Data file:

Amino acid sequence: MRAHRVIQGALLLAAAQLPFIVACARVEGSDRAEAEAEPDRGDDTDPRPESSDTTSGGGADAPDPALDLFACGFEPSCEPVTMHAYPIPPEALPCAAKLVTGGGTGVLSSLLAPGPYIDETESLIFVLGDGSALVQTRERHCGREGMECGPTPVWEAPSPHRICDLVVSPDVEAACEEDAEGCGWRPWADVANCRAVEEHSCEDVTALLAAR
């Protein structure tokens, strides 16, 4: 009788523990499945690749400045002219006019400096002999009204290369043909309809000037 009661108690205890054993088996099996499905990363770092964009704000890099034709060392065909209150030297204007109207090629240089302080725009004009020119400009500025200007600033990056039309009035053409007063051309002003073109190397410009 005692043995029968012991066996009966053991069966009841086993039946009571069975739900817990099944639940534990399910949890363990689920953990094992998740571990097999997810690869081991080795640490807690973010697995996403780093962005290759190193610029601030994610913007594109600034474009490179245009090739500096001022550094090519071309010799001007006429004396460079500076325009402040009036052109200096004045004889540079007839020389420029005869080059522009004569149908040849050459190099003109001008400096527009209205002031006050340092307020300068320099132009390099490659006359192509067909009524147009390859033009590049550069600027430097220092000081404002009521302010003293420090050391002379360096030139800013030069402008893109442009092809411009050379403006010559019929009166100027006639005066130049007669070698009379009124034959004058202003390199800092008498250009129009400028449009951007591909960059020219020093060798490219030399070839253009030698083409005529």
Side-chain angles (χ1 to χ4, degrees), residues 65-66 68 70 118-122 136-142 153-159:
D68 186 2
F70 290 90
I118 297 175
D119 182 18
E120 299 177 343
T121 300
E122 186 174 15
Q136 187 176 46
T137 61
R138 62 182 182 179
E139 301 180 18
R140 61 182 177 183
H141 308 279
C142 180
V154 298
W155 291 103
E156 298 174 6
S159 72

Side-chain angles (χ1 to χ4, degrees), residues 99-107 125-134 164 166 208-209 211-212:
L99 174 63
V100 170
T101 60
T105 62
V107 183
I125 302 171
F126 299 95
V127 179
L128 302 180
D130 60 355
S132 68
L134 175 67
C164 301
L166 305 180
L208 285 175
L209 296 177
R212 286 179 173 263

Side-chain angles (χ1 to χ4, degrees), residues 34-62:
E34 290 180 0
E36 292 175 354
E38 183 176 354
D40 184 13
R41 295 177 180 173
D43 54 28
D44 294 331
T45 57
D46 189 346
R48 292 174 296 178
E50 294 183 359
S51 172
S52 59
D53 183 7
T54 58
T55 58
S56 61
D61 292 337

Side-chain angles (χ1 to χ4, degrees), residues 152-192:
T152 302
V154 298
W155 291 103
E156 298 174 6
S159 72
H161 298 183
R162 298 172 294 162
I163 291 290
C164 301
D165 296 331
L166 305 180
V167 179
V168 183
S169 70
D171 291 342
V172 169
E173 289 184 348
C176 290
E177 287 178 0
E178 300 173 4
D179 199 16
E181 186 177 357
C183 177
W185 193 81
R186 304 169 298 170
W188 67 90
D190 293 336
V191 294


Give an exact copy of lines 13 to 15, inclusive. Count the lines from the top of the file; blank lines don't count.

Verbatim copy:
R138 62 182 182 179
E139 301 180 18
R140 61 182 177 183